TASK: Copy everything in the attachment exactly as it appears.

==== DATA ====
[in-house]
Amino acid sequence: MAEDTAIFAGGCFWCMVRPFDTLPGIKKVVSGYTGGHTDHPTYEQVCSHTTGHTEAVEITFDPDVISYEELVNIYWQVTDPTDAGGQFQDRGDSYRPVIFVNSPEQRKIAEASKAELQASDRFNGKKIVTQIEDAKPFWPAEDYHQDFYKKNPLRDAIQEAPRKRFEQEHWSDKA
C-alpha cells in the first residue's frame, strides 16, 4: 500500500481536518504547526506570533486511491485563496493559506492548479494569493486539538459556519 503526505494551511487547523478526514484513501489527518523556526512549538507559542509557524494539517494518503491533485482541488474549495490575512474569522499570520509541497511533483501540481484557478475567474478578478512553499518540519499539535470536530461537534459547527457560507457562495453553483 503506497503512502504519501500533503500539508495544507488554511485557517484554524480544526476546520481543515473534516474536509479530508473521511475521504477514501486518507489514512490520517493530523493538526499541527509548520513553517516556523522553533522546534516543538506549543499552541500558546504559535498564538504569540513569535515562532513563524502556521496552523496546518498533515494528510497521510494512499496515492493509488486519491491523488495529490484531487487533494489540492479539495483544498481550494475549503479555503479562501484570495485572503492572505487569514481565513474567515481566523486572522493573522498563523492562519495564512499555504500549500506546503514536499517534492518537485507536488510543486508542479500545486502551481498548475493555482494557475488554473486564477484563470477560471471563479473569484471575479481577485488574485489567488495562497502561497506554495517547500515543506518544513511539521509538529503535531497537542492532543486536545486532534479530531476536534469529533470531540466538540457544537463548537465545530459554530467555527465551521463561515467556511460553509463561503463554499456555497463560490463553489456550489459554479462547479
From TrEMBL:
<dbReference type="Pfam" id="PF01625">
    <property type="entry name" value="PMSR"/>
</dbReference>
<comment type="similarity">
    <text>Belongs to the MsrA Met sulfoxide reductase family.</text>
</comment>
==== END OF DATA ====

[in-house]
Amino acid sequence: MAEDTAIFAGGCFWCMVRPFDTLPGIKKVVSGYTGGHTDHPTYEQVCSHTTGHTEAVEITFDPDVISYEELVNIYWQVTDPTDAGGQFQDRGDSYRPVIFVNSPEQRKIAEASKAELQASDRFNGKKIVTQIEDAKPFWPAEDYHQDFYKKNPLRDAIQEAPRKRFEQEHWSDKA
C-alpha cells in the first residue's frame, strides 16, 4: 500500500481536518504547526506570533486511491485563496493559506492548479494569493486539538459556519 503526505494551511487547523478526514484513501489527518523556526512549538507559542509557524494539517494518503491533485482541488474549495490575512474569522499570520509541497511533483501540481484557478475567474478578478512553499518540519499539535470536530461537534459547527457560507457562495453553483 503506497503512502504519501500533503500539508495544507488554511485557517484554524480544526476546520481543515473534516474536509479530508473521511475521504477514501486518507489514512490520517493530523493538526499541527509548520513553517516556523522553533522546534516543538506549543499552541500558546504559535498564538504569540513569535515562532513563524502556521496552523496546518498533515494528510497521510494512499496515492493509488486519491491523488495529490484531487487533494489540492479539495483544498481550494475549503479555503479562501484570495485572503492572505487569514481565513474567515481566523486572522493573522498563523492562519495564512499555504500549500506546503514536499517534492518537485507536488510543486508542479500545486502551481498548475493555482494557475488554473486564477484563470477560471471563479473569484471575479481577485488574485489567488495562497502561497506554495517547500515543506518544513511539521509538529503535531497537542492532543486536545486532534479530531476536534469529533470531540466538540457544537463548537465545530459554530467555527465551521463561515467556511460553509463561503463554499456555497463560490463553489456550489459554479462547479
From TrEMBL:
<dbReference type="Pfam" id="PF01625">
    <property type="entry name" value="PMSR"/>
</dbReference>
<comment type="similarity">
    <text>Belongs to the MsrA Met sulfoxide reductase family.</text>
</comment>